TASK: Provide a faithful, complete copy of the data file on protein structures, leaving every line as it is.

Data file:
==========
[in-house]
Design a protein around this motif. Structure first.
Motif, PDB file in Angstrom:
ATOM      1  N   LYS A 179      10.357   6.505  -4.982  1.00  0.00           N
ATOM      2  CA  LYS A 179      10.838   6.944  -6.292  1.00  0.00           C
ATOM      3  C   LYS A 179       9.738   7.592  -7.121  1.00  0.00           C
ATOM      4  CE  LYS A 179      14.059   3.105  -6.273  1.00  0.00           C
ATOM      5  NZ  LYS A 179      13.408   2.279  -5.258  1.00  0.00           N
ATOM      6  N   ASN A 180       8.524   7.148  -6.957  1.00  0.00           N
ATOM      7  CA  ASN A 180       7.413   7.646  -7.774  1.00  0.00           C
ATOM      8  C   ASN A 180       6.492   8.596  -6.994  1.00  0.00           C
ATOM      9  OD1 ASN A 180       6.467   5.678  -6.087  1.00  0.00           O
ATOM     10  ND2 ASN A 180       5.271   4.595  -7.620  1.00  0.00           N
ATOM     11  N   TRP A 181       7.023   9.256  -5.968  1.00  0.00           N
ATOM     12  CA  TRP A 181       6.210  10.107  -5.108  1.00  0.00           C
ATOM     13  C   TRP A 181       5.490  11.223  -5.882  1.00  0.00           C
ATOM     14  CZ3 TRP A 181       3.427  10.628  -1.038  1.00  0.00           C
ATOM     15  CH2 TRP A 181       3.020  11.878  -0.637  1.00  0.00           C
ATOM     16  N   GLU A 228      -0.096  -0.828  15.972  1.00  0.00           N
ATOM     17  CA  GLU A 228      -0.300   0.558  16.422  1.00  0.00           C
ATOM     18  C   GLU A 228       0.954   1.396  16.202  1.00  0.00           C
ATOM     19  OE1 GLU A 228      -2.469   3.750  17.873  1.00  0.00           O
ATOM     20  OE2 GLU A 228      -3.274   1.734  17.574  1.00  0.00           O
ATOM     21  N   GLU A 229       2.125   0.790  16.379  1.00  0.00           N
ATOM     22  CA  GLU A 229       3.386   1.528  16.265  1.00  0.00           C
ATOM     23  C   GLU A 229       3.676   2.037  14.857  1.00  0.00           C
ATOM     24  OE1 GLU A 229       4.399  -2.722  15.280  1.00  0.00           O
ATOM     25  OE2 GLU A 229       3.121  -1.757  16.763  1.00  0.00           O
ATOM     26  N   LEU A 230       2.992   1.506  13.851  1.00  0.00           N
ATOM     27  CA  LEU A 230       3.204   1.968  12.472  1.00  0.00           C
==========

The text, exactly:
[in-house]
Design a protein around this motif. Structure first.
Motif, PDB file in Angstrom:
ATOM      1  N   LYS A 179      10.357   6.505  -4.982  1.00  0.00           N
ATOM      2  CA  LYS A 179      10.838   6.944  -6.292  1.00  0.00           C
ATOM      3  C   LYS A 179       9.738   7.592  -7.121  1.00  0.00           C
ATOM      4  CE  LYS A 179      14.059   3.105  -6.273  1.00  0.00           C
ATOM      5  NZ  LYS A 179      13.408   2.279  -5.258  1.00  0.00           N
ATOM      6  N   ASN A 180       8.524   7.148  -6.957  1.00  0.00           N
ATOM      7  CA  ASN A 180       7.413   7.646  -7.774  1.00  0.00           C
ATOM      8  C   ASN A 180       6.492   8.596  -6.994  1.00  0.00           C
ATOM      9  OD1 ASN A 180       6.467   5.678  -6.087  1.00  0.00           O
ATOM     10  ND2 ASN A 180       5.271   4.595  -7.620  1.00  0.00           N
ATOM     11  N   TRP A 181       7.023   9.256  -5.968  1.00  0.00           N
ATOM     12  CA  TRP A 181       6.210  10.107  -5.108  1.00  0.00           C
ATOM     13  C   TRP A 181       5.490  11.223  -5.882  1.00  0.00           C
ATOM     14  CZ3 TRP A 181       3.427  10.628  -1.038  1.00  0.00           C
ATOM     15  CH2 TRP A 181       3.020  11.878  -0.637  1.00  0.00           C
ATOM     16  N   GLU A 228      -0.096  -0.828  15.972  1.00  0.00           N
ATOM     17  CA  GLU A 228      -0.300   0.558  16.422  1.00  0.00           C
ATOM     18  C   GLU A 228       0.954   1.396  16.202  1.00  0.00           C
ATOM     19  OE1 GLU A 228      -2.469   3.750  17.873  1.00  0.00           O
ATOM     20  OE2 GLU A 228      -3.274   1.734  17.574  1.00  0.00           O
ATOM     21  N   GLU A 229       2.125   0.790  16.379  1.00  0.00           N
ATOM     22  CA  GLU A 229       3.386   1.528  16.265  1.00  0.00           C
ATOM     23  C   GLU A 229       3.676   2.037  14.857  1.00  0.00           C
ATOM     24  OE1 GLU A 229       4.399  -2.722  15.280  1.00  0.00           O
ATOM     25  OE2 GLU A 229       3.121  -1.757  16.763  1.00  0.00           O
ATOM     26  N   LEU A 230       2.992   1.506  13.851  1.00  0.00           N
ATOM     27  CA  LEU A 230       3.204   1.968  12.472  1.00  0.00           C